A Photoshop vs. GIMP Comparison
Photoshop is indisputably the longstanding leader when it comes to high-quality, professional-grade photo editing.
While there have been some worthy competitors, it remains the software that serious and professional photographers turn to for editing. A free editing software available is Gimp, so we thought we would do a brief side-by-side comparison.
Does frequent updates
Has more advanced tools than Gimp
Non-destructive adjustment layers
Cost includes Lightroom and cloud storage
Includes various basic and mid-level editing capabilities
Good basic program
GIMP is an open-source program and free for download for GNU/Linux, OS X, Windows, and more operating systems. While it certainly comes close to Photoshop, but it's definitely not the same and doesn't offer a few key features you get with Photoshop.
GIMP (GNU Image Manipulation Program) has some of the same tools as Photoshop. It offers Layer editing, so it goes above basic cropping and color edits. There are also various advanced edits, like blemish correction, object removal, and local adjustment.
These advanced edit capabilities are what make it a close competitor to Photoshop. But we don't see it as an equal - at all. For professional, high-quality edits, you get what you pay for.
Here are a few differences:
Photoshop has four healing brushes. GIMP has just one brush.
Photoshop has the handy and time-saving non-destructive adjustment layer editing. (Its non-destructive editing is one of the best reasons to use Photoshop/Lightroom) GIMP doesn't offer non-destructive editing.
Photoshop is ahead of GIMP in introducing its latest tools and updates. GIMP can take a long time, in some cases, years, to add new tools.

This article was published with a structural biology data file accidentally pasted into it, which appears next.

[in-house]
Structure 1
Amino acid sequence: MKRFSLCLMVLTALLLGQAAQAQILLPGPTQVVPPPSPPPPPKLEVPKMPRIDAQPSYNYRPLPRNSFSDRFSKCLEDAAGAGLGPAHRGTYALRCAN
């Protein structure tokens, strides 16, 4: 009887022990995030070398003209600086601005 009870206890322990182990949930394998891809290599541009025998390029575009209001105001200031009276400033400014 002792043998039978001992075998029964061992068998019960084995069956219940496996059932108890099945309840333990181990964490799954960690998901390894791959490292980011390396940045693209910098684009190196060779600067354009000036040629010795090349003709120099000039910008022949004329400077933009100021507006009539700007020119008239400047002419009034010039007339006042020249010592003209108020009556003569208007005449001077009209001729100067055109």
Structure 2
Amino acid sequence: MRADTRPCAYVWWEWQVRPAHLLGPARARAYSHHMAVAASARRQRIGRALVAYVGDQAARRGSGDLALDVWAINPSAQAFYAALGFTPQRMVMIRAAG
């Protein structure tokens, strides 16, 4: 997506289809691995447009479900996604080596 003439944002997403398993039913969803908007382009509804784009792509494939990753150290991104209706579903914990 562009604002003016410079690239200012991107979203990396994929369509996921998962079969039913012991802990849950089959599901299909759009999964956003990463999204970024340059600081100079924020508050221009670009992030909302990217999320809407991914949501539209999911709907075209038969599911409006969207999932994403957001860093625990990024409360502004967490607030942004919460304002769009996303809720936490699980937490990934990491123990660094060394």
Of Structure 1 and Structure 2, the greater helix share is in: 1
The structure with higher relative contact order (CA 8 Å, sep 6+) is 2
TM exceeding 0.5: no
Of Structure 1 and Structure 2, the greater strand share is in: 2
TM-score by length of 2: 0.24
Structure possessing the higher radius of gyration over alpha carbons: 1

Photoshop is excellent for graphic designers and offers CMYK support while GIMP doesn't. GIMP only processes using RGB. To convert any of your images in GIMP to CYMK, you will have to add a separate plugin.
Photoshop was built with graphic designers in mind, and then photographers began picking it up as editing software. It offers more tools for a spectrum of needs, including design and illustrating.
As an open-source program, its user interface isn't as professional as Photoshop's. (Of course, that means beginners might find GIMP easier to use.)
If you use smartphone editing, then it's Photoshop. Gimp doesn't have mobile capabilities.
GIMP, however, is smaller and takes up a lot less space on your laptop.
In Photoshop, you can quickly send images between other Adobe programs like Lightroom. The applications track all of your changes/edits across the platforms. GIMP only opens PSD files that you'll need to export and save onto your desktop, then reopen in the software.
Photoshop does a terrific job frequently updating the program, especially now with the Creative Cloud through offered downloads. It's superior to GIMP in this respect, even though GIMP also provides regular updates.
Photoshop pretty much beats everyone with its customer services.
If you need a pro-level, high-use photo editing software, then Photoshop will likely meet your needs better than GIMP. However, GIMP is good, free editing software that comes close to doing what Photoshop can do - but falls somewhat short.
If you're new to both photography and photo editing and are looking for something free and willing to accept fewer tools, GIMP might work for you.